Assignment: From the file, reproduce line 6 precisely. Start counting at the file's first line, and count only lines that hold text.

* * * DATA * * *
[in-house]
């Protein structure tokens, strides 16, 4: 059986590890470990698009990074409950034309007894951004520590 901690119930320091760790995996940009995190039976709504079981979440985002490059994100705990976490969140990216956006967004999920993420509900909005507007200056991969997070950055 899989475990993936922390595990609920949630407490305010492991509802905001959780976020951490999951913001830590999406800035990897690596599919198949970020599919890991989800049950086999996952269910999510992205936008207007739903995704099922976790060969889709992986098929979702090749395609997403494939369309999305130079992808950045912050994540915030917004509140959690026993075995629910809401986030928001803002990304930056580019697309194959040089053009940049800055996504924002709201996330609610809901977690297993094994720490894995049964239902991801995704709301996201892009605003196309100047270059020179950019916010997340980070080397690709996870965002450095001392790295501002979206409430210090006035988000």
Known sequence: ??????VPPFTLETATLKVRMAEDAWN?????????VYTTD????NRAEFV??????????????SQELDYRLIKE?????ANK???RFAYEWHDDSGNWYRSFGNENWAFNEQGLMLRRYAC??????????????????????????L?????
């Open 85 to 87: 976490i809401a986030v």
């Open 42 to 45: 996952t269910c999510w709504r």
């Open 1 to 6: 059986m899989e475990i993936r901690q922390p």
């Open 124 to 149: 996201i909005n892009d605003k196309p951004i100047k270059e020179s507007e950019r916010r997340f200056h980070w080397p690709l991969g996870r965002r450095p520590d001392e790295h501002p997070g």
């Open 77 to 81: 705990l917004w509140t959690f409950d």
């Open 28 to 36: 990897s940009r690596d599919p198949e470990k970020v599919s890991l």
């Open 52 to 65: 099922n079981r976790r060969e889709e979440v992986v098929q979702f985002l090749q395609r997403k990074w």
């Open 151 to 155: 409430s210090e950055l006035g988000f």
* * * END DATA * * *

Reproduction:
């Open 1 to 6: 059986m899989e475990i993936r901690q922390p």